Thursday, April 21, 2011
Fly Hatches For The Millers
I have been asked many times to provide a "hatch guide" for the Millers River. In short, there is no hatch guide for the Millers. Here's the reason: The Millers is very much like many freestone rivers in central New England. The flies that you find on the Millers are very much the same as the flies that you encounter on other central New England rivers. The hatch times are pretty much the same as on other central New England rivers. Now, our fly boxes are loaded with every creation to "match the hatch" as the saying goes, so why worry! If there are hendricksons hatching we have the right fly. If it's March Browns, Sulphurs, or BWO's we have that too for every stage. In short, worrying about hatches is a fools game. We have enough flies to match what's happening, period!
If you want to have a "guide" to the important insects then buy Tom Ames " Hatch Guide For New England Streams". That is all that you will need.
Here are a few pointers: The Millers is loaded with Hendricksons BUT they are a minor event. I have seen the river loaded with them but with no rising fish. So have the Harrison Brothers who claimed that their paddles drowned hundreds of these flies without seeing a trout rise. The great rod maker Dan Trella says the same thing about the Quaboag River - lots of Hendricksons but no rising fish. Last year's low water brought a great hatch at the Kempfield with RISING BROWNS but it was a rare event.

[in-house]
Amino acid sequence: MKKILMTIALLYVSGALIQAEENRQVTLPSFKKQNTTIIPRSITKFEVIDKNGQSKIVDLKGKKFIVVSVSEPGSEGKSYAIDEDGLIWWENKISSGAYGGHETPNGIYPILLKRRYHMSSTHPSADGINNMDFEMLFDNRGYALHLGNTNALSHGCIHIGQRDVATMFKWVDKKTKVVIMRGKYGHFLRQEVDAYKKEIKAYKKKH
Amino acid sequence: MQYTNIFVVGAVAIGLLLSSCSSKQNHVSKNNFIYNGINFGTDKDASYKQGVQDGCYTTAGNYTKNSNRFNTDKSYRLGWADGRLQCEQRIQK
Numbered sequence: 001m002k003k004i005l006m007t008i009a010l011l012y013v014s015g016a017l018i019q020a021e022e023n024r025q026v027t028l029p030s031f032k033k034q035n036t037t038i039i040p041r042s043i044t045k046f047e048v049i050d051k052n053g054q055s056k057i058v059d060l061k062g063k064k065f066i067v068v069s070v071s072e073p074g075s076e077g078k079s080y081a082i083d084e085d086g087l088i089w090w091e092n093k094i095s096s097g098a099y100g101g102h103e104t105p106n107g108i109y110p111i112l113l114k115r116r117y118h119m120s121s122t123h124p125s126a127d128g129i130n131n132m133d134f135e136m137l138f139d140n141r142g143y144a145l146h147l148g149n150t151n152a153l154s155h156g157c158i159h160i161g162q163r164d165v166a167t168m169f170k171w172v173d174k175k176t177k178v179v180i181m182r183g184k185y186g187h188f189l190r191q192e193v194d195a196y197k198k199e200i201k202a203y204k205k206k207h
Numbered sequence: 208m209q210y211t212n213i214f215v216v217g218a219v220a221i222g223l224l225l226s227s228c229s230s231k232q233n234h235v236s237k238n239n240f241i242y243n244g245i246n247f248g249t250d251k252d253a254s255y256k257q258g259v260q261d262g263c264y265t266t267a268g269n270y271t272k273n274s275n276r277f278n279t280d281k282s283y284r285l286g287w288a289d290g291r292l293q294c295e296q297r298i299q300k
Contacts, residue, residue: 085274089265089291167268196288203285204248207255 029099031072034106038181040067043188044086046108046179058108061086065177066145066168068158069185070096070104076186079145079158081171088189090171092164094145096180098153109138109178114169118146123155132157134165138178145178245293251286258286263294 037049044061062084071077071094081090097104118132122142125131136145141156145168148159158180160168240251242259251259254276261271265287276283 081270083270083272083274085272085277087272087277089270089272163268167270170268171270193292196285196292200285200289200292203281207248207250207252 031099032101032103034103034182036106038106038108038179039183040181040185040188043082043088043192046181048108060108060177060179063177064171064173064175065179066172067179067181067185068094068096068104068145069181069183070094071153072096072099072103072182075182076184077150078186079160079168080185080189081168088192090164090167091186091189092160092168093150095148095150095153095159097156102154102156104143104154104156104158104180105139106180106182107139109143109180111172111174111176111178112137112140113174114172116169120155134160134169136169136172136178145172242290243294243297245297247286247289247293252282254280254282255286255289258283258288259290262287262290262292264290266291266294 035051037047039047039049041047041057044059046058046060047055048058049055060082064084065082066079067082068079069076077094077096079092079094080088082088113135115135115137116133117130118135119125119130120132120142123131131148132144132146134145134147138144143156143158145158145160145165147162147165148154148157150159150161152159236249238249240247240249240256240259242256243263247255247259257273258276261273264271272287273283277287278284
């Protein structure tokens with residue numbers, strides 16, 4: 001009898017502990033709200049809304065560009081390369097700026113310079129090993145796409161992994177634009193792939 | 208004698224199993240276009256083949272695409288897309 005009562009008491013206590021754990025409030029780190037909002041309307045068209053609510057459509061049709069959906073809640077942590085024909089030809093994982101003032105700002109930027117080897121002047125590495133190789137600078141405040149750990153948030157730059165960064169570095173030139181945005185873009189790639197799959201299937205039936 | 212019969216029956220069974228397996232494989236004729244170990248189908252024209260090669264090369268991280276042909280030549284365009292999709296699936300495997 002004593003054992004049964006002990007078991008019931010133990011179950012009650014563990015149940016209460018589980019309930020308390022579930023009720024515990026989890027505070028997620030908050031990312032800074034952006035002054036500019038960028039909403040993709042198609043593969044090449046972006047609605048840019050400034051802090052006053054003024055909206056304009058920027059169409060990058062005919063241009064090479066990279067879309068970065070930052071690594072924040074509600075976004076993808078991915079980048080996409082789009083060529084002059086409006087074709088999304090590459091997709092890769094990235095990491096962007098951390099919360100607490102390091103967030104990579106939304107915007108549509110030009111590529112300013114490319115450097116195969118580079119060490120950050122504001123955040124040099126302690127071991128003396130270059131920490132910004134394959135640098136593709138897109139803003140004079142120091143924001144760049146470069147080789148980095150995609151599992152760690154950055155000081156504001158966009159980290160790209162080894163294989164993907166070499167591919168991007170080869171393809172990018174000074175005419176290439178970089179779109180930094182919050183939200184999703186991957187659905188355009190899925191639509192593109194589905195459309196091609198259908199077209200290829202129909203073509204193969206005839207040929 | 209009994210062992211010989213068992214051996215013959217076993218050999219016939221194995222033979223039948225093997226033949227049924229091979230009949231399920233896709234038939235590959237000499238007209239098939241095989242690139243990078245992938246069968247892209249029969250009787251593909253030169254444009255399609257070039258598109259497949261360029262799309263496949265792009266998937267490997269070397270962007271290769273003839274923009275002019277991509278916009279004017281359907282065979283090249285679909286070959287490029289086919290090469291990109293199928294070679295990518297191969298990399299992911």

March Browns - This large fly is a standby from mid May through late June. It's always there and brings the evening fish to the surface. Any March Brown pattern will work if the presentation is correct.
The "Tan Flies" - Sulphurs, Cahills, you name them. They can be all over the river at times from late May through September. ANY tan pattern will work ( I know this from experience)if the size and presentation is right. Sizes 14 through 18 will fill the bill in most occasions.
Caddis - Don't go crazy with the array of surface/sub surface patterns that are out there. Caddis patterns, for the Millers, work best in the top six inches on the water column. My Moby Dick Wet pattern has been doing the trick over caddis water for years as long as the presentation is right. I hardly fish a dry caddis anymore!
In short, don't fret too much over what's hatching. You probably have enough of the right flies to be successful. The again there's always the wooley bugger!!!
Posted by Millers River Flyfisher at 6:59 PM